The Aftermath Part 16:
A Fresh Start
I took a couple of weeks off during the holidays. With the New Year came a new therapist. During my initial assessment, he was horrified I was trying to walk with a cane. My strength and balance weren't adequate for that. He wasn't sure using a cane was even a realistic goal. He wanted to essentially start over, beginning with the parallel bars.
Motivation was not a problem. I worked hard, sometimes too hard, and he would tell me to quit. I went early, stayed late and even went in on my days off if the equipment was available. I worked so hard my clothes were soaked with sweat when I finished. This therapist was kind and encouraging.
After a month or so, he felt my prosthesis was not right for me, so I began the process of getting a new one. I went to a different prosthetist this time. He was also very kind and worked hard to design a user-friendly version for me. We got rid of the huge, hot and bulky Velcro and used a pin system instead. With this, the rubber sleeve I wore had a pin at the bottom which securely locked into the prosthesis providing much greater safety and stability. The knee had a spring system and was much easier to use than the first one. He tried to make it as light as possible.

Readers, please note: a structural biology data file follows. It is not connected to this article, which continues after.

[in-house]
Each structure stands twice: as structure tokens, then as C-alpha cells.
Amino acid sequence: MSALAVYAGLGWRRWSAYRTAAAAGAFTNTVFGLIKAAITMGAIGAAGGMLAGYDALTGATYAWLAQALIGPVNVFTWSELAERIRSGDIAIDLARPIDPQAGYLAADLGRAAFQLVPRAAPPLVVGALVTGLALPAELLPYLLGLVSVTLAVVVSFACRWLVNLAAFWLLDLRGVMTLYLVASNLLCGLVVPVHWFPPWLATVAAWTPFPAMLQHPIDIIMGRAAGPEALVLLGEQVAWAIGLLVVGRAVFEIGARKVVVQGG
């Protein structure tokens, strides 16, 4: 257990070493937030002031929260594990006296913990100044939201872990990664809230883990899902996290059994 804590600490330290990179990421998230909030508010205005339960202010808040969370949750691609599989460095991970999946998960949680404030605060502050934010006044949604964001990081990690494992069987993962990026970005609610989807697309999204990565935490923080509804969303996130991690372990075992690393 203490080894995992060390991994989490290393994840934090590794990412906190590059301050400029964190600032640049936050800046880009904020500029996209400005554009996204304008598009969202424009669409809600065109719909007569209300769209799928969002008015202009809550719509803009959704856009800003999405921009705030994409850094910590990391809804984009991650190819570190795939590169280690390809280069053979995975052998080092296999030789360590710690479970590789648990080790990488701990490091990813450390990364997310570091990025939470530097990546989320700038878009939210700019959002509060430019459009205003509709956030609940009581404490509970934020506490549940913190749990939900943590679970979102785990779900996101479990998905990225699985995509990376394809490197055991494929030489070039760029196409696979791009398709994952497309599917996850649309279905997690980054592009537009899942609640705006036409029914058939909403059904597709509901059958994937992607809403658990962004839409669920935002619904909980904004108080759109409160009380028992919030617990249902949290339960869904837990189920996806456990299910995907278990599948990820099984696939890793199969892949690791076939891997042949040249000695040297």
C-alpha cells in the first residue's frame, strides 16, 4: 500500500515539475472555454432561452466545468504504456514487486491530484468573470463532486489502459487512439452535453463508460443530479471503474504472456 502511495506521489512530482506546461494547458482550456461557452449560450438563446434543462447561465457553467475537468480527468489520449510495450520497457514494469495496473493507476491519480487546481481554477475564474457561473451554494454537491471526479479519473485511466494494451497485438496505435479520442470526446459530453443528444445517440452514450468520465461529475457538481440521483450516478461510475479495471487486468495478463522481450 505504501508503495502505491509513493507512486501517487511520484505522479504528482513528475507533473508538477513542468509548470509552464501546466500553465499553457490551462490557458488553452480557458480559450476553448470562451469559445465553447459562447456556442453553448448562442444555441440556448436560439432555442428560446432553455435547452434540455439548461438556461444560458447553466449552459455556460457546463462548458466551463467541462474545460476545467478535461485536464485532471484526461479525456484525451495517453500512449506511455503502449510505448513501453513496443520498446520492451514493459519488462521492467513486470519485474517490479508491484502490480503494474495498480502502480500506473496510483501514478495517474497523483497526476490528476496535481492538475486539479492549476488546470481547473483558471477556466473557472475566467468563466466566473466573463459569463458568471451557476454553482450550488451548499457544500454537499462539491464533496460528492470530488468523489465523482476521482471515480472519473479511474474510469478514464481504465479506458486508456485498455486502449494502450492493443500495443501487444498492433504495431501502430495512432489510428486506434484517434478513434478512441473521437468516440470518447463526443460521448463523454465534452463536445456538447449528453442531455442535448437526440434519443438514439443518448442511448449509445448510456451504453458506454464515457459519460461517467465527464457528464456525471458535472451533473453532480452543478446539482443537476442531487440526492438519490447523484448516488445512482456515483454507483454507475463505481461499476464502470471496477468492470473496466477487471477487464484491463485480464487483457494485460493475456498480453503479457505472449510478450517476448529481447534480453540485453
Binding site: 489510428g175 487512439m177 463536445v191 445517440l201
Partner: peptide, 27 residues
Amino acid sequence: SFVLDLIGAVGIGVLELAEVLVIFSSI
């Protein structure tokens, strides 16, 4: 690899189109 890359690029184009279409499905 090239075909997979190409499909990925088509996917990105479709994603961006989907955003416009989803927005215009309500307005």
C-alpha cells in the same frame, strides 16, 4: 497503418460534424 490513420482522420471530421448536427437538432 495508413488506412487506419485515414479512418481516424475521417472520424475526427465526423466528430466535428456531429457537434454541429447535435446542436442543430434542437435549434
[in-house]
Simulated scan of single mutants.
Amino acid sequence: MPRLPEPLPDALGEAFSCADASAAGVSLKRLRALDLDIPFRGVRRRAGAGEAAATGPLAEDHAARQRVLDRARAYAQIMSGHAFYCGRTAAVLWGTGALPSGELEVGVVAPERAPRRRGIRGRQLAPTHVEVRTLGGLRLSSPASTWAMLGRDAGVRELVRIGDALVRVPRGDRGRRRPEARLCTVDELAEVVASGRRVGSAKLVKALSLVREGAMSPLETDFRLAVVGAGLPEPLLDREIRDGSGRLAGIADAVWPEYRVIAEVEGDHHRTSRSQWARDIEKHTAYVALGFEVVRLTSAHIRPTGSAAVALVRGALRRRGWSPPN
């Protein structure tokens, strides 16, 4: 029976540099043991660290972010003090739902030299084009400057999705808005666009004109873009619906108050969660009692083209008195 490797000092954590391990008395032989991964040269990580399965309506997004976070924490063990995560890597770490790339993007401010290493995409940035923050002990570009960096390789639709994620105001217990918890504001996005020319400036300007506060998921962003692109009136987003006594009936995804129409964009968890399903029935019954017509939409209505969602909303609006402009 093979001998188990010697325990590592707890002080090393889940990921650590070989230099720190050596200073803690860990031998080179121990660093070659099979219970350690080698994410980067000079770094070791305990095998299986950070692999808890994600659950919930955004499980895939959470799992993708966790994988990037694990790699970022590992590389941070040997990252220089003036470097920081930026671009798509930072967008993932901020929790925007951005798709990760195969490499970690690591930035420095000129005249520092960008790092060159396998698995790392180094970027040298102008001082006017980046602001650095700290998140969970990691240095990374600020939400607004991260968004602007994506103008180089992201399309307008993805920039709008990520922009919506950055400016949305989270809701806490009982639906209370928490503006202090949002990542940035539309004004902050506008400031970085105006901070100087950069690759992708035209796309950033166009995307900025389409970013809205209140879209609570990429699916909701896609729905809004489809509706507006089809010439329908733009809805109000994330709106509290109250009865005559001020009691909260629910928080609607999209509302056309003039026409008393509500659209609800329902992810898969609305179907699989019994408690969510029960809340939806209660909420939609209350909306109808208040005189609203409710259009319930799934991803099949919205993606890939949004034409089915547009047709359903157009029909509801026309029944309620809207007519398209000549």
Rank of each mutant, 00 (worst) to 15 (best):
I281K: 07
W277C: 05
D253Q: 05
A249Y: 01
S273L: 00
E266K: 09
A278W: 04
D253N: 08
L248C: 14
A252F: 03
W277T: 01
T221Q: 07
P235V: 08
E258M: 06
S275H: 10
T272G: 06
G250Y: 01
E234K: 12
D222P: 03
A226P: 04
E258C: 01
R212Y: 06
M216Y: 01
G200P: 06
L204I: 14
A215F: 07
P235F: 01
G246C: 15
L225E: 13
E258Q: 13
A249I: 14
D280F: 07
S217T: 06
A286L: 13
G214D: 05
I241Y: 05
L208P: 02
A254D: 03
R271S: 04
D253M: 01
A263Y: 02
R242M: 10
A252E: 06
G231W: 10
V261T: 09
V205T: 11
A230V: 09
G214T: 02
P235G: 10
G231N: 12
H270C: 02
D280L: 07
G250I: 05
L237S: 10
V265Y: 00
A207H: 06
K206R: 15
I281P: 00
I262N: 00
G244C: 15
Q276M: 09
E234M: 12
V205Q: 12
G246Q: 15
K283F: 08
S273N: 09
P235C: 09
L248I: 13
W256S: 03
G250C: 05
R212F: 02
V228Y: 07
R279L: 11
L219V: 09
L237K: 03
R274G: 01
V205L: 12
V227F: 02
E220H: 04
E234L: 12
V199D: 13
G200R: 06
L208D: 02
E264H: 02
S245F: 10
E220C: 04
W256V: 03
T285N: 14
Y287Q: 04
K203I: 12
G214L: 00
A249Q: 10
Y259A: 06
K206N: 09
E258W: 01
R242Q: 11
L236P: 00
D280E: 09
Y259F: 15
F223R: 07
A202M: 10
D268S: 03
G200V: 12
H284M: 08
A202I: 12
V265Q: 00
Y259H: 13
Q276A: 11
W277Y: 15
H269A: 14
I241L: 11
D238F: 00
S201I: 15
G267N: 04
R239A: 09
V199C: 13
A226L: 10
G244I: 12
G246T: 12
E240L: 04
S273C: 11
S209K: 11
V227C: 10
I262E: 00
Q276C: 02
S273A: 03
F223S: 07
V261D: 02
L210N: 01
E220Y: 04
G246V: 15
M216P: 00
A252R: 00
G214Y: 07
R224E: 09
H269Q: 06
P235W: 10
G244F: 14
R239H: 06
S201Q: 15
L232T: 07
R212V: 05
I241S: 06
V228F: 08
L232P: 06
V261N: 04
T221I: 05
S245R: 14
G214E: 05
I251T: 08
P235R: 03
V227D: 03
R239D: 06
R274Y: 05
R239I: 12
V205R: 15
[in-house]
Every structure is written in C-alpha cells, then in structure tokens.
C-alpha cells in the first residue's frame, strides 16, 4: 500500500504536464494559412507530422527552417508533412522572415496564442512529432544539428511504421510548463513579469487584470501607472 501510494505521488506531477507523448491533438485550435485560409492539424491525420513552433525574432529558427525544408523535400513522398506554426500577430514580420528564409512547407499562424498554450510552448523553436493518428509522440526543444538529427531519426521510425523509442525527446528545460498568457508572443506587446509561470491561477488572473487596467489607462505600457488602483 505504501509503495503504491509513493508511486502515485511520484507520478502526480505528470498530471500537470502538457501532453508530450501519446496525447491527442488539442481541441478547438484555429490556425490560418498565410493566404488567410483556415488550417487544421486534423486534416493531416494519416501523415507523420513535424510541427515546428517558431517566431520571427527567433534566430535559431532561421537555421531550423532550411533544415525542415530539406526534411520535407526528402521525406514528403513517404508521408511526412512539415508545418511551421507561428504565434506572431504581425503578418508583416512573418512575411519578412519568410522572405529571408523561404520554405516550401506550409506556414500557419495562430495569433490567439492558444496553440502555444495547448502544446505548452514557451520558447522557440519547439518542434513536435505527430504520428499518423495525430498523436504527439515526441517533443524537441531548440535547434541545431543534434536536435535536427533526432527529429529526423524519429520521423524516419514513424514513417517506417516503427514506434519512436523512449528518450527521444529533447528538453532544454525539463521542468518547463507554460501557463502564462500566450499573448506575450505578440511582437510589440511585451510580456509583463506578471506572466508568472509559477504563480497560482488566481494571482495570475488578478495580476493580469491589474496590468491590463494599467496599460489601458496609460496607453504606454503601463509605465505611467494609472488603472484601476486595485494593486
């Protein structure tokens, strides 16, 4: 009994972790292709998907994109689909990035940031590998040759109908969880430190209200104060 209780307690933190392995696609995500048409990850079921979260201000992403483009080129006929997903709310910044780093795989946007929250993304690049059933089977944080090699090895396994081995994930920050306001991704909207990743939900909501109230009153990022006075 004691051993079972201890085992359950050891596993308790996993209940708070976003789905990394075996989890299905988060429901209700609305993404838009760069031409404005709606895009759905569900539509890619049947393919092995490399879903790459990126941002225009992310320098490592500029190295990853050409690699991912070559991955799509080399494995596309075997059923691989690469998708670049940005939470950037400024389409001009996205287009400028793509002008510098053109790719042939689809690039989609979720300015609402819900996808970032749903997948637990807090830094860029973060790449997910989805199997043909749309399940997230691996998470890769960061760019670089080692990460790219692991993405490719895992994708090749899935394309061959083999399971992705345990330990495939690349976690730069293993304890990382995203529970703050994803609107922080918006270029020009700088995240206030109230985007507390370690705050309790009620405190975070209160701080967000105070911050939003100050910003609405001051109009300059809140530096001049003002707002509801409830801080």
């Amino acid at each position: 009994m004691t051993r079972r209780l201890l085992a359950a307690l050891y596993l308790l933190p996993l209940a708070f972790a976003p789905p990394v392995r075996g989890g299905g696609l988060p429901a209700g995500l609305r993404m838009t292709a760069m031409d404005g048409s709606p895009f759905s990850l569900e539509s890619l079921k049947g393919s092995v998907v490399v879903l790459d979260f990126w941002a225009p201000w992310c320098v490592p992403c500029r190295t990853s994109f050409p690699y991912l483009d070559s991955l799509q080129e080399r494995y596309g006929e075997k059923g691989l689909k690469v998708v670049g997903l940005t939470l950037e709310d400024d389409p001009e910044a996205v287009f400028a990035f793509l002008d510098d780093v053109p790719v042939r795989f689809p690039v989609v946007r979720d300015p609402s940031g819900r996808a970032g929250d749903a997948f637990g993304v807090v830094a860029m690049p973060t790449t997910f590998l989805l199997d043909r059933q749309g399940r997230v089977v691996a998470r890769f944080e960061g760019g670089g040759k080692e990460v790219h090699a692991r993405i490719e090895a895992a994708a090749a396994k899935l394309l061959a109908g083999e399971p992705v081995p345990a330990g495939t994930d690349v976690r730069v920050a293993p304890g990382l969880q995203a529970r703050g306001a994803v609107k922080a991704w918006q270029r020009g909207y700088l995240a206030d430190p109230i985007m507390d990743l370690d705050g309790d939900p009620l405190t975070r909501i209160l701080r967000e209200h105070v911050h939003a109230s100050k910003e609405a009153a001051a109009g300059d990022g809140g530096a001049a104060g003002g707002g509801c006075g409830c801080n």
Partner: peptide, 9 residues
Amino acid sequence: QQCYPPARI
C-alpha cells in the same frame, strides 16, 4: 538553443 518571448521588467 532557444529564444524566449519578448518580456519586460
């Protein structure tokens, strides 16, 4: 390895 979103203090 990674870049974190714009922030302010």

Once I was used to this leg, I was allowed to venture out of the parallel bars with the use of a walker. Standard walkers aren't very strong, and mine was bent from all of the times I had fallen on it. The therapist suggested I purchase a larger, more stable one. It wouldn't be paid for by Medicare as they not cover durable medical equipment if you are getting better. I had a wheelchair already, so I couldn't move up to a walker.
I found it ironic that Medicare only paid for equipment if you were declining. Apparently the government does not expect the disabled to improve. I did scrape together enough to buy a good one; after all, I figured I would be using it forever. I chose one with a basket to transport things. Tying a bag on the front of the walker as most people do to carry items in destabilizes it as the walker is then front-heavy and easier to tip over.
I continued to work hard, but due to my impaired balance, I also continued to fall nearly every day. I had a few bumps and bruises, but no serious injury.
My attitude and outlook on life began to improve. When the opportunity came around to take a class which would then allow me to work with the disabled in a group home setting, I felt I was ready to start having a life again. After the class, I discovered they require a driver who has a car for all of the positions in this area.
Disappointed yes, but I was still thankful I had taken it because through the class I found a wonderful volunteer position doing crafts at an adult daycare. I also found a support group for those with mental illness. I was meeting people and participating in the community.
To be continued...